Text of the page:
• The math this week continues teaching about what coins add up to one dollar.  Have your students make a little poster board of this information.  They can trace a penny 100 times, a nickle 20 times etc.  Or if you don’t mind sacrificing a little coinage, they could glue the correct amount to the poster.
  • Make some $1 art work.  Give your students $1 in each kind of coin and see what sort of pictures they can make them on the table.  Have them make up a story to go with the pictures made of coins.

Language Arts:

  • Write some letters this week! If this is the last week of meeting in your program, exchange some addresses with your friends and have a pen pal for the summer.  Help your students write their first letters correctly with a heading, body and closing.  It’s also a great time to practice writing your address and learning about postage.

Music


  •  You can still be using the Music Notebooking Page as you learn about the tuba!
  • Learn about the tuba with this video by the Philharmonia orchestra.
  • It’s hard to find much music that ‘features’ the tuba, as it is a really bass instrument.  You’ll find it plays an important role in a lot of classical music, but it’s really in the background rounding out the sound and making it that much more impressive sounding. Listen to some of your favorite classical composers and see if you can make out the tuba.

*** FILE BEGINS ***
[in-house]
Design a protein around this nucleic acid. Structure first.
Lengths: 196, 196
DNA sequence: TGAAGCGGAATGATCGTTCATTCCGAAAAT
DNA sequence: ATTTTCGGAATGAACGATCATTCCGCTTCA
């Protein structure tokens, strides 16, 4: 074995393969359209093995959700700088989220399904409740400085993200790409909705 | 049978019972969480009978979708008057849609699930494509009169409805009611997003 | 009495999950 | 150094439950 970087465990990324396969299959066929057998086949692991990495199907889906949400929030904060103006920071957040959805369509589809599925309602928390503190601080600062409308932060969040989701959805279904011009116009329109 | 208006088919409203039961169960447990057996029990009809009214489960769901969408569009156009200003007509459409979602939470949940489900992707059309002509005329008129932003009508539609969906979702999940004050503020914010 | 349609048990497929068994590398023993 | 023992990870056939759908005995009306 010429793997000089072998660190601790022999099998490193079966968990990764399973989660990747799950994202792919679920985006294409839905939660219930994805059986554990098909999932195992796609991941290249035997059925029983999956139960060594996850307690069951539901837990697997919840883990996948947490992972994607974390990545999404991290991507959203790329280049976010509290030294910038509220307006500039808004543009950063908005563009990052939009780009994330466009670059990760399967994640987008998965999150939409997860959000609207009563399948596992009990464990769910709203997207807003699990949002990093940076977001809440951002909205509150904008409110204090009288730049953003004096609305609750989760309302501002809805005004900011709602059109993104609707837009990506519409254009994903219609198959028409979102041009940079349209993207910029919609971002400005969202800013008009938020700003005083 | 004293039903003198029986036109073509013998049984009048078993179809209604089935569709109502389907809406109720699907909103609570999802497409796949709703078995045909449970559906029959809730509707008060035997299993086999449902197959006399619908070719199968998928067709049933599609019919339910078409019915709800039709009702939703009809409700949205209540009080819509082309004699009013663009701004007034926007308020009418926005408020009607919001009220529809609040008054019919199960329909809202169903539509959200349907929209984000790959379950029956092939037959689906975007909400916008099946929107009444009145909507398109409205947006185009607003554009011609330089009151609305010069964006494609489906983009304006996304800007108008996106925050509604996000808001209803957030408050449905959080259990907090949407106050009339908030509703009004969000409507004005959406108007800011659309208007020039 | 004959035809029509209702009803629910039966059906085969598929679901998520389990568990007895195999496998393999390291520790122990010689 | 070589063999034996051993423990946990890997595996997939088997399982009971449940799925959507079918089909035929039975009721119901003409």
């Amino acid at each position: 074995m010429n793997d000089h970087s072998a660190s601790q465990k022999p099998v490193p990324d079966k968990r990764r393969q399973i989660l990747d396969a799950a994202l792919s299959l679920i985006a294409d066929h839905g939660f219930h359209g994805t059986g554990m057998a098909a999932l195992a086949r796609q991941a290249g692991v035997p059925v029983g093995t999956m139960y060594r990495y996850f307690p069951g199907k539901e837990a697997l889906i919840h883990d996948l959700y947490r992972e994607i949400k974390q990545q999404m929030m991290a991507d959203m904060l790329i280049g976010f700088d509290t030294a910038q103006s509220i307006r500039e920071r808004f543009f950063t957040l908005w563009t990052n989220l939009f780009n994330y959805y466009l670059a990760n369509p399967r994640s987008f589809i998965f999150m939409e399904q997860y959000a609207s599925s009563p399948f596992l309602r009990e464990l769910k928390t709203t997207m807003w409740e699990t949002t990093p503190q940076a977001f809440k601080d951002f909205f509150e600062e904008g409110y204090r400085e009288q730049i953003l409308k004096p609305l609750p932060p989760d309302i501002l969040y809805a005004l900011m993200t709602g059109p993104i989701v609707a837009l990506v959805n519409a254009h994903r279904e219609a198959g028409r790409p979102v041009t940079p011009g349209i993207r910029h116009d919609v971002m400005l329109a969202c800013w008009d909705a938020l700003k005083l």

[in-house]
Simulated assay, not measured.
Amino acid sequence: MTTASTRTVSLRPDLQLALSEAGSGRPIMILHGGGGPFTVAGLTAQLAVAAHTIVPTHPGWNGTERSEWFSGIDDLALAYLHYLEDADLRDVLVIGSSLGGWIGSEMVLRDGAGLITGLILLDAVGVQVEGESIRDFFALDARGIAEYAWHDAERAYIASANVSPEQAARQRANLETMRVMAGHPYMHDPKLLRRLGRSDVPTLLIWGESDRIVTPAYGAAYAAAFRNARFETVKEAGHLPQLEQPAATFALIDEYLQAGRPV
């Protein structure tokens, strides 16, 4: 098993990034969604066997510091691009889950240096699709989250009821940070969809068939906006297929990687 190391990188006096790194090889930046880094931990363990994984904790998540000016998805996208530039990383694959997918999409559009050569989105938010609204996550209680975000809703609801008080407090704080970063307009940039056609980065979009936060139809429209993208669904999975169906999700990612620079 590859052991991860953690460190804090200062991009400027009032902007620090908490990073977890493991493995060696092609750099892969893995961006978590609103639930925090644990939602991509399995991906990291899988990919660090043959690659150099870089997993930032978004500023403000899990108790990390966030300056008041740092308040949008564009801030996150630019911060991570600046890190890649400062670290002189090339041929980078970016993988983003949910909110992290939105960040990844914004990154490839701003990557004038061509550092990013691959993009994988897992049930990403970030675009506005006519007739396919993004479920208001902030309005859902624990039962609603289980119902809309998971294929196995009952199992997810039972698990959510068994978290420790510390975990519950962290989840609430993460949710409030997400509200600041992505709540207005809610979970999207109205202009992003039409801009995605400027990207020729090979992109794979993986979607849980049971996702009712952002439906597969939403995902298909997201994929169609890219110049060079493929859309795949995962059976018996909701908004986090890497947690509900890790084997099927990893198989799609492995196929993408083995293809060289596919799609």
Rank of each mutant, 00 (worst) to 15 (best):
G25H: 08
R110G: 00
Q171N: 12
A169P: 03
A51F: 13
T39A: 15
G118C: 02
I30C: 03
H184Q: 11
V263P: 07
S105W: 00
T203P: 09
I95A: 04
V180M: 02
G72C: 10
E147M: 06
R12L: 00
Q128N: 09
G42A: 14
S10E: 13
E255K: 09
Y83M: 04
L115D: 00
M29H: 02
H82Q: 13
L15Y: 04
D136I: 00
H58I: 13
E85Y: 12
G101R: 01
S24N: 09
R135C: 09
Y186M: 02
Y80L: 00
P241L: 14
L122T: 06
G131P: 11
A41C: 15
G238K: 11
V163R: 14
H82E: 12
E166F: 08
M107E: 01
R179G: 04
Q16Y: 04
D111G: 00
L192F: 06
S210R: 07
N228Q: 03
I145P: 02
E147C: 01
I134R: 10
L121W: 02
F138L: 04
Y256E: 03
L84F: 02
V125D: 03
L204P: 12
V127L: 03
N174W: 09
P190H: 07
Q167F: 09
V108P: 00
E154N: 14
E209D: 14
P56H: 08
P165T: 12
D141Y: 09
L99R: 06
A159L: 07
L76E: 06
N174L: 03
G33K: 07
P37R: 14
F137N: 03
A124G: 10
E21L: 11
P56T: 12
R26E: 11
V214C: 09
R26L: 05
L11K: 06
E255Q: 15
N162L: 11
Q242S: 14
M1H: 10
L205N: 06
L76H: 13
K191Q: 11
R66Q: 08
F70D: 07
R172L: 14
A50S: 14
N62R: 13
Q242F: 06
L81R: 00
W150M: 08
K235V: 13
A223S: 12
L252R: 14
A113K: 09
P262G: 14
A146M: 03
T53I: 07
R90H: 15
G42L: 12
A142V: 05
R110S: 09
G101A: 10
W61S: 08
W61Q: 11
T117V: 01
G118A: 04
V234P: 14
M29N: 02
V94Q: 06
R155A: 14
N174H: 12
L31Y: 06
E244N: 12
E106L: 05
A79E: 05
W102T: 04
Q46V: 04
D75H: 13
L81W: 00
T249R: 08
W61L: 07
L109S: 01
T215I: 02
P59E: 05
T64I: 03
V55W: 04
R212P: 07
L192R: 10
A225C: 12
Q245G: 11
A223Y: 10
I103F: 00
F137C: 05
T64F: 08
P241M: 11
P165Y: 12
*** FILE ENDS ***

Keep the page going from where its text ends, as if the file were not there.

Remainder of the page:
History


  • Make your own mini-printing press this week using some letter stamps.  First have your students write their names using the individual stamps.   Then take the individual letter stamps, line them up to spell your student’s name and rubber-band them together.   Now your student can pick up the whole block of letters and stamp their name at once.  This is a tiny example of how the printing press made printed publications so much easier and faster.  Instead of just a name, they had entire pages of text laid out ready to press.

printing press activity

  • How long did the Hundred Years War last?  That’s always a fun fact for kids to learn, and they may or may not be surprised, it didn’t last 100 years!